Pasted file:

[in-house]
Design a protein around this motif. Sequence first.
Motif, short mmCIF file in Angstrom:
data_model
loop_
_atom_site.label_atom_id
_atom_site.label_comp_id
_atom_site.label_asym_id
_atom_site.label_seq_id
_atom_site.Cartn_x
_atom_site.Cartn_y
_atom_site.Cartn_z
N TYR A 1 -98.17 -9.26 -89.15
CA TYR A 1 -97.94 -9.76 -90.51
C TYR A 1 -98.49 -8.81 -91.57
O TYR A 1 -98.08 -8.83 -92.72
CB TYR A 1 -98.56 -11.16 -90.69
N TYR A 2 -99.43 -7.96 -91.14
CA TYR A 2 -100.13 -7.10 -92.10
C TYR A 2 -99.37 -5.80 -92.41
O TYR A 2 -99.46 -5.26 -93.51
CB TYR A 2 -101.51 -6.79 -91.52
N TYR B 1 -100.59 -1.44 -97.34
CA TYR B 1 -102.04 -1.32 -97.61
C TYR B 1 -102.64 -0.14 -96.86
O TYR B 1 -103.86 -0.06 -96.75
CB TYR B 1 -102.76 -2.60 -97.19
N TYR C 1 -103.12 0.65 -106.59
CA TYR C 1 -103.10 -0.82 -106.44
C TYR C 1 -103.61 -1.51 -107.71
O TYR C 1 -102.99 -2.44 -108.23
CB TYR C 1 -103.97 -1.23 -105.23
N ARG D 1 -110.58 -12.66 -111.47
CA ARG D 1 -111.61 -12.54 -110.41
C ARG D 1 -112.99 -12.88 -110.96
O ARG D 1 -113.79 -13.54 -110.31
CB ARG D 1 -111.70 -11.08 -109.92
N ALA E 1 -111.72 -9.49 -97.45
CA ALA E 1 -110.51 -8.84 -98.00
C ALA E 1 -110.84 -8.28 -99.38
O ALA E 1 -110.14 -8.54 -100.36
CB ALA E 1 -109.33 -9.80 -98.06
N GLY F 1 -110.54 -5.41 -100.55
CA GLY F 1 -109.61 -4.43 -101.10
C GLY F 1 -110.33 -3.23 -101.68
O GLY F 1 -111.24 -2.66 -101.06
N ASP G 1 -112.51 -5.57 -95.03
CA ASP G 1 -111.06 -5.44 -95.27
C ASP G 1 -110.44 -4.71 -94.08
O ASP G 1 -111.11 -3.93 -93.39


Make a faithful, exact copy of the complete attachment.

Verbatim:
[in-house]
Design a protein around this motif. Sequence first.
Motif, short mmCIF file in Angstrom:
data_model
loop_
_atom_site.label_atom_id
_atom_site.label_comp_id
_atom_site.label_asym_id
_atom_site.label_seq_id
_atom_site.Cartn_x
_atom_site.Cartn_y
_atom_site.Cartn_z
N TYR A 1 -98.17 -9.26 -89.15
CA TYR A 1 -97.94 -9.76 -90.51
C TYR A 1 -98.49 -8.81 -91.57
O TYR A 1 -98.08 -8.83 -92.72
CB TYR A 1 -98.56 -11.16 -90.69
N TYR A 2 -99.43 -7.96 -91.14
CA TYR A 2 -100.13 -7.10 -92.10
C TYR A 2 -99.37 -5.80 -92.41
O TYR A 2 -99.46 -5.26 -93.51
CB TYR A 2 -101.51 -6.79 -91.52
N TYR B 1 -100.59 -1.44 -97.34
CA TYR B 1 -102.04 -1.32 -97.61
C TYR B 1 -102.64 -0.14 -96.86
O TYR B 1 -103.86 -0.06 -96.75
CB TYR B 1 -102.76 -2.60 -97.19
N TYR C 1 -103.12 0.65 -106.59
CA TYR C 1 -103.10 -0.82 -106.44
C TYR C 1 -103.61 -1.51 -107.71
O TYR C 1 -102.99 -2.44 -108.23
CB TYR C 1 -103.97 -1.23 -105.23
N ARG D 1 -110.58 -12.66 -111.47
CA ARG D 1 -111.61 -12.54 -110.41
C ARG D 1 -112.99 -12.88 -110.96
O ARG D 1 -113.79 -13.54 -110.31
CB ARG D 1 -111.70 -11.08 -109.92
N ALA E 1 -111.72 -9.49 -97.45
CA ALA E 1 -110.51 -8.84 -98.00
C ALA E 1 -110.84 -8.28 -99.38
O ALA E 1 -110.14 -8.54 -100.36
CB ALA E 1 -109.33 -9.80 -98.06
N GLY F 1 -110.54 -5.41 -100.55
CA GLY F 1 -109.61 -4.43 -101.10
C GLY F 1 -110.33 -3.23 -101.68
O GLY F 1 -111.24 -2.66 -101.06
N ASP G 1 -112.51 -5.57 -95.03
CA ASP G 1 -111.06 -5.44 -95.27
C ASP G 1 -110.44 -4.71 -94.08
O ASP G 1 -111.11 -3.93 -93.39